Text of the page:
Raiders want a win over Ramstein - and more
April 2, 2014
KAISERSLAUTERN, Germany - One could look at the story of Kaiserslautern’s ongoing – and one-sided – soccer feud with Ramstein as a simple, straightforward one.
No one on this year’s boys or girls teams has ever celebrated a Kaiserslautern win over the archrival Royals. One could presume that the program’s all-encompassing goal, then, is to do just that.
That’s not exactly the case.
Beating Ramstein is a goal. But not either Raider team’s primary goal. Each team’s primary objective this season is to win a European championship, a feat that would likely require a win over Ramstein at some point. In the meantime, games against Ramstein, like this Thursday evening girls and boys doubleheader under the lights of Kaiserslautern’s new stadium, are simply means to that eventual end.
At times, beating Ramstein is paramount.
“The Ramstein game is something special for me. I have a few friends who go to that school,” sophomore midfielder Ryan Rimmler said. “And I don’t like losing. Especially against our rival school.”
Junior striker Lacey Peace, called up this year from the junior varsity ranks, agreed.
“Us girls are more like, ‘We must get them,’ than we are in our other games,” Peace said during the Raiders’ Tuesday practice, clenching her hands in a gesture of intensity.
That’s the kind of wild-eyed determination one might expect from a long-frustrated program such as Kaiserslautern. But it’s not as severe as all that.
“We’re still practicing the same,” Peace said moments later. “As hard as we normally do.”
And players said that if they eventually graduate or move away without ever beating Ramstein, the moments that make up their Kaiserslautern career will remain just as memorable.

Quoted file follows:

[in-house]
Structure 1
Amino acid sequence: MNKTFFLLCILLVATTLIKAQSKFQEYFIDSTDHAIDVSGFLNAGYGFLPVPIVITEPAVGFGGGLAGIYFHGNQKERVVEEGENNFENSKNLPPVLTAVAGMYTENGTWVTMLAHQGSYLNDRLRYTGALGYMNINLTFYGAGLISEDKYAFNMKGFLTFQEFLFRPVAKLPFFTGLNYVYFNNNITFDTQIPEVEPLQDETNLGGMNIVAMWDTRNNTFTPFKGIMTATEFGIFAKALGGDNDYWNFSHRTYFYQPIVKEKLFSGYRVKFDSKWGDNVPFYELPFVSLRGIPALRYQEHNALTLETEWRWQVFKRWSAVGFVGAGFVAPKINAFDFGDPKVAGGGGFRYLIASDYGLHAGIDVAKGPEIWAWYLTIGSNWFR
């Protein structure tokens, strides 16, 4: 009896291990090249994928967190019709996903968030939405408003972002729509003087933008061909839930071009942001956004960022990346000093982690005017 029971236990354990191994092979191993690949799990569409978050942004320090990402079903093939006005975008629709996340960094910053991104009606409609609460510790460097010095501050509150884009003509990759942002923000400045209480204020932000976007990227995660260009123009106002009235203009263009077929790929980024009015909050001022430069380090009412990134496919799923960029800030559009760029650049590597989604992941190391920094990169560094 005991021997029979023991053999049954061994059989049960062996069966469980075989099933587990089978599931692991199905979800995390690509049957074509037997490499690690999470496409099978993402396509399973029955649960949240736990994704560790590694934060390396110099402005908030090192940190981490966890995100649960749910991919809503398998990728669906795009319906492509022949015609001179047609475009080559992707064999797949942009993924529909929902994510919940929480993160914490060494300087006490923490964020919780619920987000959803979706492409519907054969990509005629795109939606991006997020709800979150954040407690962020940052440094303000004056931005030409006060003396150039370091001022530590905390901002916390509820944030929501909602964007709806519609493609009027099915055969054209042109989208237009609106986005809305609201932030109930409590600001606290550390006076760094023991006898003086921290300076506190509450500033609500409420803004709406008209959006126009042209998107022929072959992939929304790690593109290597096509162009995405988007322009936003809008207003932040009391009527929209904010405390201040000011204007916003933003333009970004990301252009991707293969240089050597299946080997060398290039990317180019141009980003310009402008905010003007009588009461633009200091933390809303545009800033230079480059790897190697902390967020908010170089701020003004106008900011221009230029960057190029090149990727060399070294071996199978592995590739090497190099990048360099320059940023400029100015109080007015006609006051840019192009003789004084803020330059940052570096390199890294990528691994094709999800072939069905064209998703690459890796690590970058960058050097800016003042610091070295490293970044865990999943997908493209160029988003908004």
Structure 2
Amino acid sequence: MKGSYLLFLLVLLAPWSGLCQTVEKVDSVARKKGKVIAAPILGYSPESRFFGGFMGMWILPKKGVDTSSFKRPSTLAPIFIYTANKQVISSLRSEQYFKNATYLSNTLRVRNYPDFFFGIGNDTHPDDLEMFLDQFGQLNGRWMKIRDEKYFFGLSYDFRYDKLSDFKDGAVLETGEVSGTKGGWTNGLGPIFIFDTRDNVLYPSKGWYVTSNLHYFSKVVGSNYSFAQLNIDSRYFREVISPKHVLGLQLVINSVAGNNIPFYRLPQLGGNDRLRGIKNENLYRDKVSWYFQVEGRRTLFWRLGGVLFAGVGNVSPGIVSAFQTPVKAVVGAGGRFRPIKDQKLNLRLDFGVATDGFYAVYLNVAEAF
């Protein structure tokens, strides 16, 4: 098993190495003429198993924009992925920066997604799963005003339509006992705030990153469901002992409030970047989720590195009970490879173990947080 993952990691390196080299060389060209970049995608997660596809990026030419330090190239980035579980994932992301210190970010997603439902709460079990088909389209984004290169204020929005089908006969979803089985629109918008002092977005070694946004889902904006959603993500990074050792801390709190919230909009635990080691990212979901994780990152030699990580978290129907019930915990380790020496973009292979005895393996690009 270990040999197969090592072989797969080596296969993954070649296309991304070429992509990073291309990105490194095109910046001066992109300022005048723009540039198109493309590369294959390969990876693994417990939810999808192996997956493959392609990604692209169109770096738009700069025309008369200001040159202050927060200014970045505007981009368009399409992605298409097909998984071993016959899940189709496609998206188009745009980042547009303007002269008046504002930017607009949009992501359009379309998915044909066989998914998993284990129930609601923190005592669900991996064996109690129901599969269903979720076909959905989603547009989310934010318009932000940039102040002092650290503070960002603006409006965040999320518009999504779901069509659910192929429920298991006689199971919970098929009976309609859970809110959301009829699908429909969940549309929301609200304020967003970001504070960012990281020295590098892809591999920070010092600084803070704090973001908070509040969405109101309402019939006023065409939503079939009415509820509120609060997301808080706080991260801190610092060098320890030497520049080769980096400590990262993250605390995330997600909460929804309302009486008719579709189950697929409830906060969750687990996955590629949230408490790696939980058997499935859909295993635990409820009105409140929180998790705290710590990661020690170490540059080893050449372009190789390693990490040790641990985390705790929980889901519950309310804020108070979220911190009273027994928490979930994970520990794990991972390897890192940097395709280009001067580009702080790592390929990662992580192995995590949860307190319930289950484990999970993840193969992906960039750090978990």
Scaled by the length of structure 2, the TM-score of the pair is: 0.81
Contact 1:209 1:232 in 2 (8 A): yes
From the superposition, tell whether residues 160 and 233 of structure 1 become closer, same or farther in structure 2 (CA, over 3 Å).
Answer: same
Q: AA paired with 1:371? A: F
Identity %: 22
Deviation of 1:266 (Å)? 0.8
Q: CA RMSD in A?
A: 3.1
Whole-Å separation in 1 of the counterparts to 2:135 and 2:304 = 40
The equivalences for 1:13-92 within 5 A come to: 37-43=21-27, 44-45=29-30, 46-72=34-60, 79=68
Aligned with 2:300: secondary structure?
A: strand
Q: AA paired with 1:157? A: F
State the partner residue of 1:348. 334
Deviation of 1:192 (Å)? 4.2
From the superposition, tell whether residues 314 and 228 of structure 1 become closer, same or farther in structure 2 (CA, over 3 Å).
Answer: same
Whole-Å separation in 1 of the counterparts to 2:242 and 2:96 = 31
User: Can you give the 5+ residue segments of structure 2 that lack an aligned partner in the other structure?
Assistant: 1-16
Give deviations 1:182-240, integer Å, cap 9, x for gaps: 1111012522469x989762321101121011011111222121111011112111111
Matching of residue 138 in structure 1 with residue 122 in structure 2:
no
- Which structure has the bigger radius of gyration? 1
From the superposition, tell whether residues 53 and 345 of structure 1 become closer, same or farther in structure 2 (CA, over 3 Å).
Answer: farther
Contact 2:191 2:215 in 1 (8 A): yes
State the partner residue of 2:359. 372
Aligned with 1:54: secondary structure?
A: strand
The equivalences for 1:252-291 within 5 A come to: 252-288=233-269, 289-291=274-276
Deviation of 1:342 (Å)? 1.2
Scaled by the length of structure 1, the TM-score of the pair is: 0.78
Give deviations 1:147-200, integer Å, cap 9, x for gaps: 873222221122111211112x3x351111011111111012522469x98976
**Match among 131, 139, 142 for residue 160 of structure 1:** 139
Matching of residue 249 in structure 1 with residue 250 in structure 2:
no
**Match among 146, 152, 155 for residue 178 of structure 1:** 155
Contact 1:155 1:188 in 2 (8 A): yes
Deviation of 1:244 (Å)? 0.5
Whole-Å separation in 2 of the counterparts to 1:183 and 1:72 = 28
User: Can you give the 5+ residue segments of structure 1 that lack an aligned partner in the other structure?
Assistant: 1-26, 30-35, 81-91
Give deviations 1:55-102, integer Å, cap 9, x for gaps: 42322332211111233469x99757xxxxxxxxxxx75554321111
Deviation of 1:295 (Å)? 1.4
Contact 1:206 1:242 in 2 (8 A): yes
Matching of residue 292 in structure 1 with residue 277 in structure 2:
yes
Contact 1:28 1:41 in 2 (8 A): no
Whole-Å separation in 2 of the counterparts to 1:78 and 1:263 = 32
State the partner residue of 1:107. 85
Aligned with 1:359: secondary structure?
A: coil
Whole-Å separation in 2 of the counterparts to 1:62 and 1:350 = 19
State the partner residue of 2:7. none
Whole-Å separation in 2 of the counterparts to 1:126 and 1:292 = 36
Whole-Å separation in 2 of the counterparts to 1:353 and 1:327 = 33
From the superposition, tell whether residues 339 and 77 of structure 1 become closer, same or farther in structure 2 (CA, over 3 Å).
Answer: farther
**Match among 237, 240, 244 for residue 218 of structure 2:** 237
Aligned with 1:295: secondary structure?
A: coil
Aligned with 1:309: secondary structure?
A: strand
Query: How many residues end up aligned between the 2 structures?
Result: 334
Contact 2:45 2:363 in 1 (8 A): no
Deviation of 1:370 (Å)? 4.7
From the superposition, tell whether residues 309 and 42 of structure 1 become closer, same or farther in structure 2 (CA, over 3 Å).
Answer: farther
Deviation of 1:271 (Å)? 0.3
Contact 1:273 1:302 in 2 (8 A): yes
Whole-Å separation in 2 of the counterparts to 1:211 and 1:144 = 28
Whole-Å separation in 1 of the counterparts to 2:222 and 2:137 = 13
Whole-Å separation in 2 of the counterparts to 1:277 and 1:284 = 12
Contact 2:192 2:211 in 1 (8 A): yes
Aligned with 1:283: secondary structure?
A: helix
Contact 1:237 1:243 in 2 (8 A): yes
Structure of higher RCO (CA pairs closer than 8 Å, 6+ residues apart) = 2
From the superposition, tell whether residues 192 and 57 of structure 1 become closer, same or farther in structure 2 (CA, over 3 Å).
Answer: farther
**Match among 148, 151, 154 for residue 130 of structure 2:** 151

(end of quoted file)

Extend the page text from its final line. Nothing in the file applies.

“The last four years we’ve had really, really amazing teams. And we’ve come a long way,” senior striker Hannahlee Acuavera said, citing the Raider girls’ consecutive third-place finishes in the last two European tournaments. “I think we were grateful for third place. We worked really hard. That was better than going home with nothing at all.
“It was a lot of fun.”
But as sensible as those comments sound, Acuavera, now in her fourth year as a varsity player, is also prone to fantasizing about a hypothetical win over Ramstein.
“I want it more than anything in this world,” Acuavera said. “I love soccer so much.”
Like Acuavera, Kaiserslautern boys goalkeeper Anthony Walker is in his fourth year as a member of the Raider varsity. He recalled a game in his sophomore season, his first year as a starter, in which a “cheap” goal allowed Ramstein to escape with a 1-1 tie. The memory of that non-victory, and the string of losses that followed it, fuels Walker’s desire for “revenge.”
“I only have a few more chances, and I want to leave the school knowing that I have beaten the rivals,” Walker said.
A case of single-minded obsession? Not so much.
“We know that they’re strong, we know they’re a good team and we know we need to work as hard as we do for any game,” Walker said. “Not to get it in our heads that it’s Ramstein and we need to work extra hard. Because if we do that we’ll overpush ourselves and make mistakes.
“It’s just another game for us.”